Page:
Louisville Magazine

NOV 2018

Louisville Magazine is Louisville's city magazine, covering Louisville people, lifestyles, politics, sports, restaurants, entertainment and homes. Includes a monthly calendar of events.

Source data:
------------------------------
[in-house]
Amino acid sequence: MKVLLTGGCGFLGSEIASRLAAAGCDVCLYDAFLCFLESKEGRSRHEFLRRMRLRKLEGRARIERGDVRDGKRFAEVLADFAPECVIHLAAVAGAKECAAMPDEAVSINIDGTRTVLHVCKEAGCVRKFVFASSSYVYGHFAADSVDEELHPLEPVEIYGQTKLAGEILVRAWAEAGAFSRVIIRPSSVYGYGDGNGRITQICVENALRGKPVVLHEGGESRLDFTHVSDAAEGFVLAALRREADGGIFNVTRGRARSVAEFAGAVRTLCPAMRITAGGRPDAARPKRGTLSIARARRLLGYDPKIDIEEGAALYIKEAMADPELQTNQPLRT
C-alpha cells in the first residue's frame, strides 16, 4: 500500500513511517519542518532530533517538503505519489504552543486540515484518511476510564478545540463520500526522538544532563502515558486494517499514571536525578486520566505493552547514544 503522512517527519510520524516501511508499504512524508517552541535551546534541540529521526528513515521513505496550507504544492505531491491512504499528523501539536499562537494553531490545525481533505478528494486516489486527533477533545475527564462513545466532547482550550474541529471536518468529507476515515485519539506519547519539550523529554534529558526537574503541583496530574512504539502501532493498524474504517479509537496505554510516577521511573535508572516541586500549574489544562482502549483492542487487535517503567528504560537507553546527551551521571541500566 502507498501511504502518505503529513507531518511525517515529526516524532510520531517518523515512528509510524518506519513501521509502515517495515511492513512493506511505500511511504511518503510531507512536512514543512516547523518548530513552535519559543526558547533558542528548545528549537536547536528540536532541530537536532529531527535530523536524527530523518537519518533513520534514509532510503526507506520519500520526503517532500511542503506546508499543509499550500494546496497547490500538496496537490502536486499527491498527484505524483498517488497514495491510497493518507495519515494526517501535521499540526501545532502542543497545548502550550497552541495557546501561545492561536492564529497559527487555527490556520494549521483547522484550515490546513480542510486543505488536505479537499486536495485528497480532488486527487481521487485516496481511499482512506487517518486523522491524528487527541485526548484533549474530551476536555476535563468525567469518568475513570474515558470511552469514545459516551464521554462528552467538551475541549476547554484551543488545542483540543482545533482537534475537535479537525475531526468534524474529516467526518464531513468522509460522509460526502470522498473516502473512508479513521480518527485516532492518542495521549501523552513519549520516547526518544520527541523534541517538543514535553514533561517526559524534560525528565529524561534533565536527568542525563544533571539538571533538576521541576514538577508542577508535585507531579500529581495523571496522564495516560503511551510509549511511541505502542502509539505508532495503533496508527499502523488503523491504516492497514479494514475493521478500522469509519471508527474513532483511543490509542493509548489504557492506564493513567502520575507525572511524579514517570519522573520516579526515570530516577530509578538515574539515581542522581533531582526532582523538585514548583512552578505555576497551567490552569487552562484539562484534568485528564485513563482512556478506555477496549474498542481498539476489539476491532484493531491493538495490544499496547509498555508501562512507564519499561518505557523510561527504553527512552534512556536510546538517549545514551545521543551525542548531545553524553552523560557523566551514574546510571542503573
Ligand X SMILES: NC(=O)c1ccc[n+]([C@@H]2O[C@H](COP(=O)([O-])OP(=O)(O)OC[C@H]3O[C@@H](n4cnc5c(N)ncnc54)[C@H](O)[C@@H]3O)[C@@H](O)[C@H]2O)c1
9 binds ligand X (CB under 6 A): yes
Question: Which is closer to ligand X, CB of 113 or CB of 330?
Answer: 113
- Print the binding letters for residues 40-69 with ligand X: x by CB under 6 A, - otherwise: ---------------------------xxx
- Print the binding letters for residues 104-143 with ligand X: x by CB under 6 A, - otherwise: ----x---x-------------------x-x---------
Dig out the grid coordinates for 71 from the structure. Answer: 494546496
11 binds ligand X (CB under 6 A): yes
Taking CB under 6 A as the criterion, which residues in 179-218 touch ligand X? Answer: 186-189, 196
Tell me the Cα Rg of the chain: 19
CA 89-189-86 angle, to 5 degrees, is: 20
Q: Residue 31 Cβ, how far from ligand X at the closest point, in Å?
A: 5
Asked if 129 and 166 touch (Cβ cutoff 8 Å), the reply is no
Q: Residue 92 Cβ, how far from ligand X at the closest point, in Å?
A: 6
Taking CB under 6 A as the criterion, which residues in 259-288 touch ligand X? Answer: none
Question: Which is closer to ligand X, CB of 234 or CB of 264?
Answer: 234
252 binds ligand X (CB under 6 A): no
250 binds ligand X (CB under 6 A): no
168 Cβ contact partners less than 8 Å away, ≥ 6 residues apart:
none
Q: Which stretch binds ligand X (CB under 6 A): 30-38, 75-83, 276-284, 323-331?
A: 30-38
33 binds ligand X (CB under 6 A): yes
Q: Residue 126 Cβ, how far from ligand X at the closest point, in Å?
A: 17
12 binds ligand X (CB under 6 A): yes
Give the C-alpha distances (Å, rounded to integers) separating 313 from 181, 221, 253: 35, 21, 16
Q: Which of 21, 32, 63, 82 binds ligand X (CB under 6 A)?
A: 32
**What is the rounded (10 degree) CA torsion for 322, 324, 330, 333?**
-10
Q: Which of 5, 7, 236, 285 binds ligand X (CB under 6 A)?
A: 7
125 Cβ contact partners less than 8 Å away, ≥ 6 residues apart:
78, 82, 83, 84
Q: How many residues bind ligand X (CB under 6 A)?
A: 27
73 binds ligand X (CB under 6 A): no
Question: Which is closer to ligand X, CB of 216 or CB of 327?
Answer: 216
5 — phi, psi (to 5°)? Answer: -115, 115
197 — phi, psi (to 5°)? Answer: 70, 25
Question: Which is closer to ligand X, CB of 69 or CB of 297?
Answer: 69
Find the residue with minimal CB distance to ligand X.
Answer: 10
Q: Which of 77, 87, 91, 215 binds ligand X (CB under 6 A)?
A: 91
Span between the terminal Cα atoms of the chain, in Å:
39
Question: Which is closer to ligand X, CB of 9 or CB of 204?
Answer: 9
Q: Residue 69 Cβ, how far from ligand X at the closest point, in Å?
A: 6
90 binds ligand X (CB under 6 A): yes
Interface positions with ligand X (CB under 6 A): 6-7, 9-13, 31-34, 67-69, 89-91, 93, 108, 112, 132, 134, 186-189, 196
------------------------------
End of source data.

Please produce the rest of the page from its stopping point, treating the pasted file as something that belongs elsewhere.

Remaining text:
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LOUISVILLE MAGAZINE 11.18 35 I've lived in. No wonder I still have dreams (and occasionally nightmares) set there. Philip Johnson, one of the great modern architects, declared in 1952 that the building looked "like a factory." at's what it was: a factory of news, entertainment and civic ambition. No structure symbolizes the city's 20th- century greatness more than this one. Major figures such as Eleanor Roosevelt, Jimmy Carter, Muhammad Ali, astronaut John Glenn and Holocaust survivor Elie Weisel once strolled through the doors. It certainly belongs on the National Register of Historic Places. e Bingham family owned the Courier-Journal and the Louisville Times (which ceased publication in 1987), and Barry Bingham Sr. resolved to create a living and breathing workspace for his newspapers and radio station (and, eventually, for WHAS-TV). Desks were modern, with side carrels for typewriters. e predominant colors were orange, tan and gray. In those days, the fourth floor was divided in half. e C-J editors and reporters were on the west side, the Louisville Times staff on the east. In the middle of the room was the copy desk, which was staffed around the clock for morning and evening news cycles. e air smelled of ink, paper and smoke from cigarettes and pipes. By about 5 in the afternoon, the newsroom's roar was deafening. e combination of manual typewriters and ringing telephones required concentration skills that I cannot even imagine anymore. An alcove contained a big Webster's unabridged dictionary, with a tan leather cover and well-thumbed pages. We checked any word that seemed unusual, or possibly misspelled. A crusty chain- smoking reporter named Jean Howerton sat behind me, and every afternoon she poured something clear from a thermos into her tall glass of iced tea. As she drank, her cheeks got redder and redder, and her language saltier. My first big shock came the afternoon she exploded after slamming down the receiver. She yelled out a four-letter word that rhymes with "punt." I was so innocent that, beyond "damn" and "hell," I was ignorant of purple prose. I scurried over to the dictionary and looked it up. Jean saw me doing this and started to laugh. She yelled out to no one in particular: "Little Keith doesn't know what c--- means!" In the summer of 1972, Louisville played host to a national political convention for the American Party. Along with another intern, I was assigned to cover the entire affair, spending long hours in hot and smoky Freedom Hall, where the delegates gathered. Over the course of a couple of days, I heard plenty of conspiracy theories and saw too many racist posters, bumper stickers and buttons. ose puzzled by Donald Trump's supporters should have been with us in 1972. Few people today realize how isolated Louisville was, as late as the 1970s, from newspapers produced outside the region. e Washington Post generally came one day late. e New York Times arrived by mail two days after it was published, though by about 1969, the Sunday edition was flown in and sold at a few spots in Louisville — Standiford Field, the Ramada Inn on Hurstbourne Lane and a seedy downtown porn shop euphemistically known as "Liberty News," which was roughly where the entrance to the Hyatt parking garage is today. e fact that our local papers were essentially the only printed news sources placed a far greater burden on the editors here to provide a broad menu of information. Stories were generally shorter, but the array of information they offered was wide. Barry Sr.'s shadow loomed over the city in the decades of his leadership at the Courier-Journal. For me, he became, in time, a respected mentor, a wise counselor and a friend. But when I first went to work at the paper, he seemed as unapproachable as the Wizard of Oz. And so he seemed in the spring of 1971, when I was invited down from the noisy fourth floor to the serene third, which was notable for its dark wood paneling, polished floors and thick carpeting. e outer office had a big vase of the daffodils Barry Sr. would bring into the office in big buckets, picked from his fields in Glenview. I was ushered into his office, and before I knew it, Barry Sr. had jumped to his feet. At 65, he looked far younger. Unbeknownst to me and others who worked for him, he was preparing to turn over the reins of the publishing empire to Barry Jr. just three months later. Barry Sr. asked me all about myself. I mentioned that I was interested in going to law school, and he replied, "My father was a lawyer, but he found journalism to be far more satisfactory." In a 1959 essay, In 1997, Runyon (left) met Hillary Clinton when she was in town for the Kentucky Author Forum. The Courier-Journal had her as a lunch guest in the editorial conference room.

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